How a translation is priced?

The pricing of a translation is based on four major components:

  1. Word count. This ingredient is quite straightforward, easily applicable as well as fair for both the client and the translator. “An A4 page” is not a measure for the quantity of text and the resulting work hours requited to translate it. This is even more evident with English to Hebrew translation. One A4 page can contain even 400 words whereas the word count of another A4 page is less than 200, due to font size, line spacing, figures and so on. When it cones to software strings or Web pages, the “page” is useless as a measure.
  2. Text repetitions and text matches. This issue is discussed in details in “The Advantage of a Professional Translation Tool“. This has a tremendous bearing both on the price and the the project schedule. So, should the translator give a full discount for full matches and repetitions? This would be justified only if the translator is fully exempt from dealing with such texts; as long as he or she has to review them and be responsible for their quality, it is only fair to pay for them. The discount as well as any aspect of the job, is negotiable.
  3. The type of text. Some texts are more user friendly than others; Some texts require look up in glossaries or even heavy searches on the Internet. Again, the conclusion is that the work of a professional translator is much more than automatic conversion, and requires a significant intellectual effort and time.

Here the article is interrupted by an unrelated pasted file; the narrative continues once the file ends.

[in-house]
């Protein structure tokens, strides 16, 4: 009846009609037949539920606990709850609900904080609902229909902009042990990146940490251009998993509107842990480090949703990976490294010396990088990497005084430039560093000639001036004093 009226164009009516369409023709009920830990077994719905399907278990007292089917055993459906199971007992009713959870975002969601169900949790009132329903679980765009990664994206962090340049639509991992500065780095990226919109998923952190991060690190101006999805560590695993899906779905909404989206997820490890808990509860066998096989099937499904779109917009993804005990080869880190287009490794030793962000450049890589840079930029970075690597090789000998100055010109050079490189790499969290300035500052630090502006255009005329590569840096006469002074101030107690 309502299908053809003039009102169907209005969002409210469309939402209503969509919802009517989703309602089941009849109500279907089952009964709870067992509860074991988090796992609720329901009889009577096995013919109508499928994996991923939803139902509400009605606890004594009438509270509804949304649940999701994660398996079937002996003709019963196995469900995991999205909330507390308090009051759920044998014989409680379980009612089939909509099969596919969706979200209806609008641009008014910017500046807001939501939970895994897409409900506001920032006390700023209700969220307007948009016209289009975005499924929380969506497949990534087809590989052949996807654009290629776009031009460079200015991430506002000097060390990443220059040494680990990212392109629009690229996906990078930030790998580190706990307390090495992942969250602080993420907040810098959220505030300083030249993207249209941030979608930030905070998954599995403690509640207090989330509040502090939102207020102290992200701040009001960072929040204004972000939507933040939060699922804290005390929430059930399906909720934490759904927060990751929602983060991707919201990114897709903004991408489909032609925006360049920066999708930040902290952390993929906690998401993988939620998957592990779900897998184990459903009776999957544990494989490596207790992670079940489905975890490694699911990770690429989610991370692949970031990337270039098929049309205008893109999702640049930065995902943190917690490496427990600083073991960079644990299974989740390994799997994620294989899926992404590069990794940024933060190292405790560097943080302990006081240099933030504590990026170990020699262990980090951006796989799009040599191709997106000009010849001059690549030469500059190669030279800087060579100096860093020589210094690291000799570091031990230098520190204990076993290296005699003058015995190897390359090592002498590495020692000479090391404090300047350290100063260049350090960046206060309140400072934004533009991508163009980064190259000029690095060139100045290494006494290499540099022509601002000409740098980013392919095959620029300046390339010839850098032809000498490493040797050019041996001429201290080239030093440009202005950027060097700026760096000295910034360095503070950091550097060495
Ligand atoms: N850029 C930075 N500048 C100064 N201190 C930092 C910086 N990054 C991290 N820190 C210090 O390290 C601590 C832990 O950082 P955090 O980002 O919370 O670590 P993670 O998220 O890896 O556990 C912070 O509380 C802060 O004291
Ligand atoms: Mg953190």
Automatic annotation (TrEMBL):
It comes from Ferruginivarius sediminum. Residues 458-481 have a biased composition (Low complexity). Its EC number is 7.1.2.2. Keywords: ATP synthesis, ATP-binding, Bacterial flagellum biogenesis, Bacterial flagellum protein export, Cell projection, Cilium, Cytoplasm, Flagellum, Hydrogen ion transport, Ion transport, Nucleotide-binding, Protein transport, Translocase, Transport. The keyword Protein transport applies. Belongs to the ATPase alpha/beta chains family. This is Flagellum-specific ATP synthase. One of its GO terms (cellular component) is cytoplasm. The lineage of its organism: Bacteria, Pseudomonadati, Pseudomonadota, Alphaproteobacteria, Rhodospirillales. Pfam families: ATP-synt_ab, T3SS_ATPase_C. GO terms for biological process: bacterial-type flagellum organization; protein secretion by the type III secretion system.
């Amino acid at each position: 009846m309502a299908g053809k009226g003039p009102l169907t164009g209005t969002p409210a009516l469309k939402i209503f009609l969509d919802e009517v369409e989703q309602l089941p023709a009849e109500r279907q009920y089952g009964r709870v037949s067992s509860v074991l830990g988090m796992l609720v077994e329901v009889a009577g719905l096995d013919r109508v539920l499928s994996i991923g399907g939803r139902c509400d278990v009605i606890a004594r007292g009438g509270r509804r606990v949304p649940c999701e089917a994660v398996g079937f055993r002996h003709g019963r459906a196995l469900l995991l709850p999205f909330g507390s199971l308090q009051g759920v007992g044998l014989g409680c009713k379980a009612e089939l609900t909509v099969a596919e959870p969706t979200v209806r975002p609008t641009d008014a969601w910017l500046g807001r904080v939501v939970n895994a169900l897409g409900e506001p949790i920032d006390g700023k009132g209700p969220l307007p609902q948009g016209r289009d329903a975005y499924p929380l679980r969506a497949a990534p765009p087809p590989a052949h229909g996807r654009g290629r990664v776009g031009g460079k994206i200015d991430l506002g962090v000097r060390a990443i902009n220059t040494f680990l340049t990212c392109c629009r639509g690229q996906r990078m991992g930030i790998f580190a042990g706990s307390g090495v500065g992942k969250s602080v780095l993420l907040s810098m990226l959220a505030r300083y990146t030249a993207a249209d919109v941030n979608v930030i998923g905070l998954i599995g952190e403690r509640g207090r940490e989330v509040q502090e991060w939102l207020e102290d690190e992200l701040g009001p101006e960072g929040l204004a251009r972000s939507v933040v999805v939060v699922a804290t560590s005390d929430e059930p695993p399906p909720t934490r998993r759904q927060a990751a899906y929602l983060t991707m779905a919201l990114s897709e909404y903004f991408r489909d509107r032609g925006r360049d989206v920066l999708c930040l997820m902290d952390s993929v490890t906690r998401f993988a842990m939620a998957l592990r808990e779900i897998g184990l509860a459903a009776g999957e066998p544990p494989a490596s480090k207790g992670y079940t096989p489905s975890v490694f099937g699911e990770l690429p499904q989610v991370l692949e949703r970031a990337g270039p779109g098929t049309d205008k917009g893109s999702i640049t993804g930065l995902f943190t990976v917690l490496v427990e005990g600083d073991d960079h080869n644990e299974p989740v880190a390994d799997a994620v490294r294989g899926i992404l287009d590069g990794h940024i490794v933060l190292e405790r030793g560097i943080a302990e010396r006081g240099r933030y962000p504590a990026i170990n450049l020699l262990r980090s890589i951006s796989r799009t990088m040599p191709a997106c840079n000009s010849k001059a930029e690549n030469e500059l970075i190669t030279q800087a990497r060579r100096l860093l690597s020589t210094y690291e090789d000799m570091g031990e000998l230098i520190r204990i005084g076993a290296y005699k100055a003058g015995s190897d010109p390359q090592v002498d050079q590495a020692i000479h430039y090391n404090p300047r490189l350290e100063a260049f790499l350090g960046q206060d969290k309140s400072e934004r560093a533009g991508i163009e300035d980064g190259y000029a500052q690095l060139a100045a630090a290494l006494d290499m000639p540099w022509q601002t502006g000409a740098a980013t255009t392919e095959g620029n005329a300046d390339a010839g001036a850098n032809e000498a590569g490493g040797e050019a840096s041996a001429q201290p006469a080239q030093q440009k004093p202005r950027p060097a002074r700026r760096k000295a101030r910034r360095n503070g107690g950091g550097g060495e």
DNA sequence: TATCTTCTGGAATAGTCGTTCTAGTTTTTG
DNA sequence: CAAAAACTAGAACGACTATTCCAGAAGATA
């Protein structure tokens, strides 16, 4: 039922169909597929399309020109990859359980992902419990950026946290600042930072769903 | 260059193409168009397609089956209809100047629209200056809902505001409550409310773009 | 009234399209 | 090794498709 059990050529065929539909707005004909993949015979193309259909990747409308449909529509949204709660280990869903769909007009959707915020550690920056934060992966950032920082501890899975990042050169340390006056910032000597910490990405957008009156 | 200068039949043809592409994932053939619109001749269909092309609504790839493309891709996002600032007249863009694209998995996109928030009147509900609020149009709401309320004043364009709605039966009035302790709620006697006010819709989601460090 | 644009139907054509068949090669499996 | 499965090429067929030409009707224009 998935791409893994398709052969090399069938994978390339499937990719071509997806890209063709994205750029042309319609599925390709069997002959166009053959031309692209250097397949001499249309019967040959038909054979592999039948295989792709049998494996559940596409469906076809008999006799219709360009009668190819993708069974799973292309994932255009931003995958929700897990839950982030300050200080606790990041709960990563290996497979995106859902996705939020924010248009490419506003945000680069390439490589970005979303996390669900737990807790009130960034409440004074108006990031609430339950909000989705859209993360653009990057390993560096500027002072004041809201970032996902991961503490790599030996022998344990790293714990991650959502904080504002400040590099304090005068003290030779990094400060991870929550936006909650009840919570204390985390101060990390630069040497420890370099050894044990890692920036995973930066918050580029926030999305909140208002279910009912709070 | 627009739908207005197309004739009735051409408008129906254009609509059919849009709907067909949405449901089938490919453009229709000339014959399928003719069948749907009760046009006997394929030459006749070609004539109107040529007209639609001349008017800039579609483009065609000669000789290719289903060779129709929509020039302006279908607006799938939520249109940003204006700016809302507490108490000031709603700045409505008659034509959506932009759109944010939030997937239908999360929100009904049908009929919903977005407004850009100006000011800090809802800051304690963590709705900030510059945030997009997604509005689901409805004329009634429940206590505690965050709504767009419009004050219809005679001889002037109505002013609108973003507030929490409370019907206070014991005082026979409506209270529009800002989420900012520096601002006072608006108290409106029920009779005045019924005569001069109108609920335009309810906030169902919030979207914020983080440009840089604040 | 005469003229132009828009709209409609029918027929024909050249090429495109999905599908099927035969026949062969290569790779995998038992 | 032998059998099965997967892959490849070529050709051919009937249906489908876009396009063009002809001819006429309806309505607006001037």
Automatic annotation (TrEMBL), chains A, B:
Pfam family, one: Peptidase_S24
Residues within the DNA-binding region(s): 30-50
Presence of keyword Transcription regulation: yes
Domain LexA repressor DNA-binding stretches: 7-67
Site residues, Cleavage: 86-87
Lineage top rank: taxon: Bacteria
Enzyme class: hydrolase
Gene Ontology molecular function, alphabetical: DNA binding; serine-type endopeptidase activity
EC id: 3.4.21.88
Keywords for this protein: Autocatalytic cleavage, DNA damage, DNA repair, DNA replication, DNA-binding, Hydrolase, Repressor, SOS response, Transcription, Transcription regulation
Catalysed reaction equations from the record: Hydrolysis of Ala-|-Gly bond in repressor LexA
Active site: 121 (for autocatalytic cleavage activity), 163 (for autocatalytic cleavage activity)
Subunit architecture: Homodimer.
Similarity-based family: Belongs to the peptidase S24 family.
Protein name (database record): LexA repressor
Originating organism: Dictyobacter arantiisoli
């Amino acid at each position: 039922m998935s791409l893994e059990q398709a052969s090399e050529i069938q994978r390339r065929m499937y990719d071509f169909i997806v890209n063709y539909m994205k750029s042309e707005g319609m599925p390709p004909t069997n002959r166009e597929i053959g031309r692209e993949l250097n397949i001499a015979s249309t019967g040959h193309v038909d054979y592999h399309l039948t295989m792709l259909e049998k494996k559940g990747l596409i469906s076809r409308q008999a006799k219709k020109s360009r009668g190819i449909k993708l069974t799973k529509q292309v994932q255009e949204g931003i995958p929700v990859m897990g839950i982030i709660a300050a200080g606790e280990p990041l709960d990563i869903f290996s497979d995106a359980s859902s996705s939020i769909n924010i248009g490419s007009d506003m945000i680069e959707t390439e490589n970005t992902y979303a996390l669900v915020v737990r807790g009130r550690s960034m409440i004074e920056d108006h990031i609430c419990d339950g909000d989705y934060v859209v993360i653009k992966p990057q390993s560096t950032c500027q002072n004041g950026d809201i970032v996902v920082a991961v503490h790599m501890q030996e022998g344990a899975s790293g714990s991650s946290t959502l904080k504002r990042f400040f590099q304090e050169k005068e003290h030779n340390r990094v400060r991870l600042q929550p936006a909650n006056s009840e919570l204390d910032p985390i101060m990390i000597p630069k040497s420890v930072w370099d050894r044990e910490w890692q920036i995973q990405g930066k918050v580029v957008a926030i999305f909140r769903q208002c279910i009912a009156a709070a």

4. Format. Once upon a time, a translator would receive a pile of pages from the client, open a new file on the text editor, and type in the translated text. Today, the files for translation come in various formats, some of which are not printable and on top of it – the translation platform may be located on a server somewhere in the world. The format of the text can undergo several changes before the translation is published; a word processing file will not do the job. a professional translator has to deal with different formats using various tools, one of which is a professional translation tool. In some cases, the client needs the translation laid out as the original, e.g. a PowerPoint presentation. This is a particularly good example, as the direction of text in Hebrew is right to left, in contrast with most languages. This entails moving graphical objects to their correct place, and sometimes even the recreation thereof. This requires more skill and more time, which justifies a higher price.

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